Feb. 24, 2015 6:46 p.m. ET
‘I do not believe that the president loves America,” former New York City Mayor Rudolph Giuliani said last week. “He doesn’t love you. And he doesn’t love me.”
If love for Rudy Giuliani were a true test of love for this country, a rapidly declining share of Americans would pass. Nonetheless, in the least artful and most irresponsible way possible, Mr. Giuliani managed to raise a genuinely significant question: What does it mean to love one’s country?
This much is clear: It doesn’t mean never criticizing one’s country. We all know the ending of U.S. naval hero Stephen Decatur ’s famous toast in 1816: “Our country, right or wrong.” But we often overlook the obvious: Decatur was acknowledging that his beloved country from time to time might be in the wrong. In the 1870s, Sen. Carl Schurz spelled out the full meaning of Decatur’s words: “My country, right or wrong; if right, to be kept right; and if wrong, to be set right.” To set one’s country right, one must state the wrong—and then act to correct it.
As is often the case, Edmund Burke said it best: “To make us love our country, our country ought to be lovely.” To the extent that our country’s beauty is flawed, we strengthen that love by working to remove its blemishes.
Love of country does require partiality, however. It would be more than odd for parents to say that they love their children but love their neighbor’s children just as much. Either they are not telling the truth, or the emotion they feel for their children is not love as ordinarily understood. In the same way, we do not love our country if we care about it neither more nor less than other countries.
It is in this context that the running debate about American “exceptionalism” should be placed. If our country doesn’t stand above others, the proponents of the exceptionalist thesis ask, then how can we set it above others in our affections?
But transpose this seemingly plausible claim to the family. Does this special love we feel for our own children depend on their superiority to other children? Must they be smarter, better looking, more accomplished, or of better character than others for us to love them above all others?
Of course not. We love them as we do because they are ours. We have a unique bond with them. In most cases they are literally flesh of our flesh and blood of our blood. When children are adopted, parents declare their intention to create through commitment the bonds of nature.
To be sure, it is hard to prevent love from shading over into a kind of boastfulness. Parents brag about their children—pardonably, at least within limits. Citizens inevitably move from love of country because it is their own to assertions of national superiority. Sometimes these claims are warranted. But beyond their due bounds, they become arrogant and dangerous.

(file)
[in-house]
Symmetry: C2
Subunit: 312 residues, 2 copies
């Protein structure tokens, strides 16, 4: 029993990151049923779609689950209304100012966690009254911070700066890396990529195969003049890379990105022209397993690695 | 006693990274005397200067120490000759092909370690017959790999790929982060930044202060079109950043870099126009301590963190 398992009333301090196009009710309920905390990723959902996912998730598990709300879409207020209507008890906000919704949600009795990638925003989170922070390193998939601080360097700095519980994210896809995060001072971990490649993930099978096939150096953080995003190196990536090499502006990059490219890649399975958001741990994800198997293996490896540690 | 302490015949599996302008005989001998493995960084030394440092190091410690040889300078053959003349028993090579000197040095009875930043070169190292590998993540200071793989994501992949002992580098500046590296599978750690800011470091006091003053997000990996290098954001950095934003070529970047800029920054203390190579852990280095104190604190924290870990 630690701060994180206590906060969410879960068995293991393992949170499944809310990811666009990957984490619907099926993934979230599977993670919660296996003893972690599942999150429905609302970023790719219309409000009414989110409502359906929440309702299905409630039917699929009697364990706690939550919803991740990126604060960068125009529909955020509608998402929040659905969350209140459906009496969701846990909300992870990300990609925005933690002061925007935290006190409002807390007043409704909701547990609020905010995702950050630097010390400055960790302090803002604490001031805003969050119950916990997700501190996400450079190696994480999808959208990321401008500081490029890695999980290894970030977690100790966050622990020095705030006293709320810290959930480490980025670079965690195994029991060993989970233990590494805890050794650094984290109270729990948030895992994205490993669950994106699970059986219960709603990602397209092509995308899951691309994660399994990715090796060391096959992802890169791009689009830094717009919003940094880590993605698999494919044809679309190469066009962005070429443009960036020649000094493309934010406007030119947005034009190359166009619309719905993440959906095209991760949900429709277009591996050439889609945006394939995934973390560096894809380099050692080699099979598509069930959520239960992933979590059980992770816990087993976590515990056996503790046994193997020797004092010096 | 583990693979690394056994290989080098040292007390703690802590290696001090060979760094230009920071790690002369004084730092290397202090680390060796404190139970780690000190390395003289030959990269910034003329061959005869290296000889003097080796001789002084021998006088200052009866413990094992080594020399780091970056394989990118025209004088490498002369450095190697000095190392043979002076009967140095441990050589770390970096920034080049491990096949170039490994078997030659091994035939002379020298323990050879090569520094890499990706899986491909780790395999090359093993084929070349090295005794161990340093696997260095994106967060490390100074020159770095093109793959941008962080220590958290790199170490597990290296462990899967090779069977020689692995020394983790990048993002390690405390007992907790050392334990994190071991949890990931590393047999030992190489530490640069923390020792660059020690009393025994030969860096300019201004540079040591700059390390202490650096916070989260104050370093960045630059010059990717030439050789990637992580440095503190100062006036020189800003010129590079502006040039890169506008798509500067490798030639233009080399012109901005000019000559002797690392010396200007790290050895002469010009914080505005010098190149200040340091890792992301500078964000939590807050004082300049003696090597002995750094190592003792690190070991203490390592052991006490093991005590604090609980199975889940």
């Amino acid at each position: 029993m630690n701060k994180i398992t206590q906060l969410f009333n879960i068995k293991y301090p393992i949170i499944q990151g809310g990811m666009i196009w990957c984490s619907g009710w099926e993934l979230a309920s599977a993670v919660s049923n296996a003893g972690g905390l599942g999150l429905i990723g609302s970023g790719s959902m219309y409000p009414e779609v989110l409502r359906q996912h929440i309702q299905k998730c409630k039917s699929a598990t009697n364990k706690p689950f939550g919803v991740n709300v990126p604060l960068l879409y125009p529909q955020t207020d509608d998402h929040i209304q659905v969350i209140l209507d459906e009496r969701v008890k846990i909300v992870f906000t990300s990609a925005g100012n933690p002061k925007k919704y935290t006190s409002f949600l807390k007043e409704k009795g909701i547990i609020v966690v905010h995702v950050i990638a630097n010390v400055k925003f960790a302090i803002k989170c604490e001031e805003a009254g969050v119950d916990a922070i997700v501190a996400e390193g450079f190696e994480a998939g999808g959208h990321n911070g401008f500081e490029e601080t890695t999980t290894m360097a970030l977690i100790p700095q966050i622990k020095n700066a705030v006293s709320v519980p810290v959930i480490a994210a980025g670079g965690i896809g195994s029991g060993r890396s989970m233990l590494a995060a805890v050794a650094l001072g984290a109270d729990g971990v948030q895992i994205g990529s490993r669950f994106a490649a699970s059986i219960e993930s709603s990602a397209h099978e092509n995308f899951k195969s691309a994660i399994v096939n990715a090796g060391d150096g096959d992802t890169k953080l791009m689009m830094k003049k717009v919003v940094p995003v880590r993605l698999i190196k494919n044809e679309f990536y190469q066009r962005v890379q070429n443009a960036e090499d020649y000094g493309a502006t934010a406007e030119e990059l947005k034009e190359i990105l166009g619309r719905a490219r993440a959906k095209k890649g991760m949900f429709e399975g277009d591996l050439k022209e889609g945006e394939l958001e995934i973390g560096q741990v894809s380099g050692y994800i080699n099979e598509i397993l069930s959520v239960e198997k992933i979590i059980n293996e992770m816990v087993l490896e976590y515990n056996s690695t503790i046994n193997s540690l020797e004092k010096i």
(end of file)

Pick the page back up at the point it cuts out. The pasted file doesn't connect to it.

In the Bible, God warns his chosen people through the prophet Amos not to expect special treatment: “To me, O Israelites, you are just like the Ethiopians, declares the Lord. True, I brought Israel up from the land of Egypt; but also the Philistines from Caphtor and the Arameans from Kir.” By the same token, no one is exempt from judgment—or punishment. Israel surely was not.
The Hebrew prophets are the classic examples of what the political theorist Michael Walzer calls “connected criticism.” This is criticism from inside a tradition, not outside, moved not by malice but by special affection for the object of criticism. Its objective is Burke’s: to make a lovely country lovelier still. In that spirit, Martin Luther King Jr. appealed to Americans not to live up to others’ standards, but to their own, set forth in the Declaration of Independence and nourished by the Bible. In that same spirit, on the first day of his presidency, Bill Clinton declared his conviction that “There is nothing wrong with America that cannot be cured by what is right with America.”
Presidents cannot be prophets. If they err, it must be on their country’s side. Still, America’s leaders on occasion have underscored the country’s misdeeds. Five years after Congress passed a bill declaring the treatment of Japanese during World War II to have been a “fundamental injustice,” President Clinton in 1993 issued a formal apology on behalf of the American people. That act did not weaken the country; it strengthened it.
And let us not forget: As the Civil War moved toward its conclusion, America’s greatest president delivered America’s greatest speech, daring to ask whether that bloody fratricidal struggle represented God’s judgment on our country—North and South alike—for the sin of slavery. In so doing, President Lincoln set in motion a process that, however delayed, eventually made America a fairer and stronger nation.
So let us consign Rudy Giuliani’s remarks to their richly deserved oblivion and get on with the serious business of improving our country.